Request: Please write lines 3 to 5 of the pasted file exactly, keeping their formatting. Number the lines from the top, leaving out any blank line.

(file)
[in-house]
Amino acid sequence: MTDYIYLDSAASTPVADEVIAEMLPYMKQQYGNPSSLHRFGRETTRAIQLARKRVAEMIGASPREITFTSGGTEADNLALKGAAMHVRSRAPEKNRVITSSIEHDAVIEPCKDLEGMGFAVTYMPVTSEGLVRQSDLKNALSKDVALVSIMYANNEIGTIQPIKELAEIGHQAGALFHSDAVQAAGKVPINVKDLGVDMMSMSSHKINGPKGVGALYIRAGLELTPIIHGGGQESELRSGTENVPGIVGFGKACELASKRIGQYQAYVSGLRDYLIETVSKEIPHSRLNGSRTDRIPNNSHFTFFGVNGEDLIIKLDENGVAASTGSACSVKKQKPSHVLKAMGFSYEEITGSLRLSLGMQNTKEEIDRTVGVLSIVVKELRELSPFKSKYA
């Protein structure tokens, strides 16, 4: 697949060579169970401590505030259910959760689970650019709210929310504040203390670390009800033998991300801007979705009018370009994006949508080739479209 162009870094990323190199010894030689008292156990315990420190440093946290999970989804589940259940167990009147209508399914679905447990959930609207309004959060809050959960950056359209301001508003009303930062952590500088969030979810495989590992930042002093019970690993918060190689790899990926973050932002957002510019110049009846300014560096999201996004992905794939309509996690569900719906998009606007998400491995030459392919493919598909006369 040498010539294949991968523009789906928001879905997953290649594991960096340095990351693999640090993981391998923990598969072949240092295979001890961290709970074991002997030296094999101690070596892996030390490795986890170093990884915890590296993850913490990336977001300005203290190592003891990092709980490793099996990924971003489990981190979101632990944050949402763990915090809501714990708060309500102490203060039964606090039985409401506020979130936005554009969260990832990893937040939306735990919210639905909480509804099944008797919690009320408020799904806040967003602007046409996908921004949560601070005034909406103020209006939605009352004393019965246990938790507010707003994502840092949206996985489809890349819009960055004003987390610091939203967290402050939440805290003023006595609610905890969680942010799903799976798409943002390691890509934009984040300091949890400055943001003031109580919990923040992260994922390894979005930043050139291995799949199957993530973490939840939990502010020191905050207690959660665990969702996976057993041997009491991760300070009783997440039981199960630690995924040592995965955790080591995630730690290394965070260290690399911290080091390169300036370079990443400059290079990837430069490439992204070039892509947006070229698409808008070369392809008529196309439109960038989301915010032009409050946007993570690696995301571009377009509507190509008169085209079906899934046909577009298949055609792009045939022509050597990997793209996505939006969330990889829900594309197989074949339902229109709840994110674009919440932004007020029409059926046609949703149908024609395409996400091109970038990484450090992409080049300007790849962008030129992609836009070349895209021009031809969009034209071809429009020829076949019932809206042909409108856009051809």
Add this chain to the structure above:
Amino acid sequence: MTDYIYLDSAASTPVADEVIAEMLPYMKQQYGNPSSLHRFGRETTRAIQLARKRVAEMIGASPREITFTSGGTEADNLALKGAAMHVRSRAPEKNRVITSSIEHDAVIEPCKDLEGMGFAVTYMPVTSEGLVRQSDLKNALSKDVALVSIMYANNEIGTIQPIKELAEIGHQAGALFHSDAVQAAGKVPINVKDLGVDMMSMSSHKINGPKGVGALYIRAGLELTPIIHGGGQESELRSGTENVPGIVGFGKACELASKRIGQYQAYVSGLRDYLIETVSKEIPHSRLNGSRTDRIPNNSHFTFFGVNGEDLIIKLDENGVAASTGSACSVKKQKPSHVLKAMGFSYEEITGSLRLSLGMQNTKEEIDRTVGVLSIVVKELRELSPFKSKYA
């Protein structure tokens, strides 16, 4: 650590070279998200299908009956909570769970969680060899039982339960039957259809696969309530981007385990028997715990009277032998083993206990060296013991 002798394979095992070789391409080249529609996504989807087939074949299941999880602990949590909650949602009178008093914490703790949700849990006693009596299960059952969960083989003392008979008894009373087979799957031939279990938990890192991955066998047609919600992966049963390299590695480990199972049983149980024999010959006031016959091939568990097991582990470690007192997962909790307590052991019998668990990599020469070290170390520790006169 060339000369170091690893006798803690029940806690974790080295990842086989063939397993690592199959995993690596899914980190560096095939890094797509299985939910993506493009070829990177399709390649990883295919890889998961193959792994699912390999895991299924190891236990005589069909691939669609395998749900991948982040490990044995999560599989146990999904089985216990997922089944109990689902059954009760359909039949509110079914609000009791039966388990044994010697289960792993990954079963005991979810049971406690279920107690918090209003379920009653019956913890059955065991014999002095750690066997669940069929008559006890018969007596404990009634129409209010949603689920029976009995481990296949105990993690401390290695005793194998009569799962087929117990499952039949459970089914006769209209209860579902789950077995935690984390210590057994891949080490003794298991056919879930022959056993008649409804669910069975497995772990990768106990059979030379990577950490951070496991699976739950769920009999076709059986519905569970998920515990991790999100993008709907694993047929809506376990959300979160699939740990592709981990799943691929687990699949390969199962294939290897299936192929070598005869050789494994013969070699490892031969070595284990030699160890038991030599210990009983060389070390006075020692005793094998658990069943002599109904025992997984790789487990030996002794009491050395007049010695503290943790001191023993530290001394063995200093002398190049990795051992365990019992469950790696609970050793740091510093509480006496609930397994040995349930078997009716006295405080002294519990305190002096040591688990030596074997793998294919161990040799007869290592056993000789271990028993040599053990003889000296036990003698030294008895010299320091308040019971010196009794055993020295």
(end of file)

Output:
């Protein structure tokens, strides 16, 4: 697949060579169970401590505030259910959760689970650019709210929310504040203390670390009800033998991300801007979705009018370009994006949508080739479209 162009870094990323190199010894030689008292156990315990420190440093946290999970989804589940259940167990009147209508399914679905447990959930609207309004959060809050959960950056359209301001508003009303930062952590500088969030979810495989590992930042002093019970690993918060190689790899990926973050932002957002510019110049009846300014560096999201996004992905794939309509996690569900719906998009606007998400491995030459392919493919598909006369 040498010539294949991968523009789906928001879905997953290649594991960096340095990351693999640090993981391998923990598969072949240092295979001890961290709970074991002997030296094999101690070596892996030390490795986890170093990884915890590296993850913490990336977001300005203290190592003891990092709980490793099996990924971003489990981190979101632990944050949402763990915090809501714990708060309500102490203060039964606090039985409401506020979130936005554009969260990832990893937040939306735990919210639905909480509804099944008797919690009320408020799904806040967003602007046409996908921004949560601070005034909406103020209006939605009352004393019965246990938790507010707003994502840092949206996985489809890349819009960055004003987390610091939203967290402050939440805290003023006595609610905890969680942010799903799976798409943002390691890509934009984040300091949890400055943001003031109580919990923040992260994922390894979005930043050139291995799949199957993530973490939840939990502010020191905050207690959660665990969702996976057993041997009491991760300070009783997440039981199960630690995924040592995965955790080591995630730690290394965070260290690399911290080091390169300036370079990443400059290079990837430069490439992204070039892509947006070229698409808008070369392809008529196309439109960038989301915010032009409050946007993570690696995301571009377009509507190509008169085209079906899934046909577009298949055609792009045939022509050597990997793209996505939006969330990889829900594309197989074949339902229109709840994110674009919440932004007020029409059926046609949703149908024609395409996400091109970038990484450090992409080049300007790849962008030129992609836009070349895209021009031809969009034209071809429009020829076949019932809206042909409108856009051809």
Add this chain to the structure above:
Amino acid sequence: MTDYIYLDSAASTPVADEVIAEMLPYMKQQYGNPSSLHRFGRETTRAIQLARKRVAEMIGASPREITFTSGGTEADNLALKGAAMHVRSRAPEKNRVITSSIEHDAVIEPCKDLEGMGFAVTYMPVTSEGLVRQSDLKNALSKDVALVSIMYANNEIGTIQPIKELAEIGHQAGALFHSDAVQAAGKVPINVKDLGVDMMSMSSHKINGPKGVGALYIRAGLELTPIIHGGGQESELRSGTENVPGIVGFGKACELASKRIGQYQAYVSGLRDYLIETVSKEIPHSRLNGSRTDRIPNNSHFTFFGVNGEDLIIKLDENGVAASTGSACSVKKQKPSHVLKAMGFSYEEITGSLRLSLGMQNTKEEIDRTVGVLSIVVKELRELSPFKSKYA